Minor guardianship is for custody of children under age 18 who are not yours. It replaces the former process of non-parent custody.
There are two main tracks in Minor Guardianship: an Emergency Minor Guardianship Case or a Minor Guardianship case. Many people may need to file both to obtain the relief they need.
An Emergency Minor Guardianship case can be filed at the same time as a Minor Guardianship case, or it can be filed first and then followed by a Minor Guardianship case. An Emergency Minor Guardianship case may be used if short-term court orders are needed for the child or a court order is needed right away. The court may use an Emergency Minor Guardianship Order to place the children with a guardian while the Minor Guardianship case moves forward.
Forms and instructions
Steps and forms to file both Emergency Minor Guardianship and Minor Guardianship:
- Instruction sheet with steps and forms reviewed by a Clark County judge
Forms to file a minor guardianship case:
- List of official court forms from the State Court
Instructions and forms to file a minor guardianship case:
- File a Minor Guardianship Petition from Washington LawHelp
- Add forms to Ask for an Emergency Minor Guardianship Order at the same time you file for Minor Guardianship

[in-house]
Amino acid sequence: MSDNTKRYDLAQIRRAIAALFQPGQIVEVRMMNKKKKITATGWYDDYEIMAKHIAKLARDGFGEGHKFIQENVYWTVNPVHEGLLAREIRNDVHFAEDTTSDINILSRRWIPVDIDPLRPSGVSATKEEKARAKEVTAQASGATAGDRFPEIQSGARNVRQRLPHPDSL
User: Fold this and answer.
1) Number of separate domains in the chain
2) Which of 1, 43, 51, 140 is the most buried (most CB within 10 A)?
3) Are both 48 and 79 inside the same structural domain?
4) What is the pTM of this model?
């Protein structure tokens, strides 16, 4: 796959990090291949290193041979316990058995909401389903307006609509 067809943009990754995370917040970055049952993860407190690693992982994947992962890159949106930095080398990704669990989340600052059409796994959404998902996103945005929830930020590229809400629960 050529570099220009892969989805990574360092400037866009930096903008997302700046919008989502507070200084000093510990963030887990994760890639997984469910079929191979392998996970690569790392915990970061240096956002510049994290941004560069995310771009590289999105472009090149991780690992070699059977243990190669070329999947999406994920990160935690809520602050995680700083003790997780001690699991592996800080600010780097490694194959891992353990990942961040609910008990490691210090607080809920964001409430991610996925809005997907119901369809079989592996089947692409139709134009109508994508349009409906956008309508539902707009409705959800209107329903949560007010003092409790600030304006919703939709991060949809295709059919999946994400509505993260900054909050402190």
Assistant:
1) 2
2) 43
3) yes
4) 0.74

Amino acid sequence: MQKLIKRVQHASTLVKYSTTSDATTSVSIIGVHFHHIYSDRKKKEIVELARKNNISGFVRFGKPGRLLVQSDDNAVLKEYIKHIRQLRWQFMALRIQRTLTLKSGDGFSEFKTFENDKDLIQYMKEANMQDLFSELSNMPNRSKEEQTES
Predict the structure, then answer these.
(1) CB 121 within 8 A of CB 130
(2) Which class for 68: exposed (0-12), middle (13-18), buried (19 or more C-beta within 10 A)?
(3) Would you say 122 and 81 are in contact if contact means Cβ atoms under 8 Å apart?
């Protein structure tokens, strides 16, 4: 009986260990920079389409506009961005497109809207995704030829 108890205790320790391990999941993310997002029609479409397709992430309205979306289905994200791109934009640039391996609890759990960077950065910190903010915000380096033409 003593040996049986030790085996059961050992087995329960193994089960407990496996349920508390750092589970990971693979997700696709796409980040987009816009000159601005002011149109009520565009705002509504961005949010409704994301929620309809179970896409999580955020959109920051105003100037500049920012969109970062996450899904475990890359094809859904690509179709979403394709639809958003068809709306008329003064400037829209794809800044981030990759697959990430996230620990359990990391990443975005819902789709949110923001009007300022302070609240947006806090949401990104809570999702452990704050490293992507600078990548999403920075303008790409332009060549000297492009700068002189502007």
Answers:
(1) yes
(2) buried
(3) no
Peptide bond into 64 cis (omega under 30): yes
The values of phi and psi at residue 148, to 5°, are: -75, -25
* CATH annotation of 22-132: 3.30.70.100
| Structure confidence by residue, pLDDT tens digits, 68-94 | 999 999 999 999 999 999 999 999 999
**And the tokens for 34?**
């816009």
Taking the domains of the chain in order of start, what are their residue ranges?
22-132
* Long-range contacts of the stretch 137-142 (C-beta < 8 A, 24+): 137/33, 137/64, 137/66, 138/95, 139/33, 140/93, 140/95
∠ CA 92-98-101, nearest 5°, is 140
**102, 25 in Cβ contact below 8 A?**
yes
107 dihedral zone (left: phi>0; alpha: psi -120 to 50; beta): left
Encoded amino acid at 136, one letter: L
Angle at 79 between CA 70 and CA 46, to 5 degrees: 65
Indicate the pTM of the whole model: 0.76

Instructions and forms to respond to a minor guardianship case:
- Asking for a lawyer from Washington LawHelp
- Information about requesting an attorney from the Clark County Clerk
- Filing to end a guardianship or non-parent custody to get your children back from Washington LawHelp
Washington LawHelp has additional information about minor guardianship cases that might be helpful.
Information about the change from non-parent custody to minor guardianship:
- An overview of the change from Washington LawHelp
- FAQs on the new law from Washington State Courts
- Information about the changes to the law from the Clark County Clerk
If you are raising a child of another family member or a family friend, (i.e., providing 'kinship care'), some support and services are available from the Washington State Department of Social and Health Services. If you are a kinship caregiver taking care of a relative's child, Washington LawHelp has information about how to get health care for that child.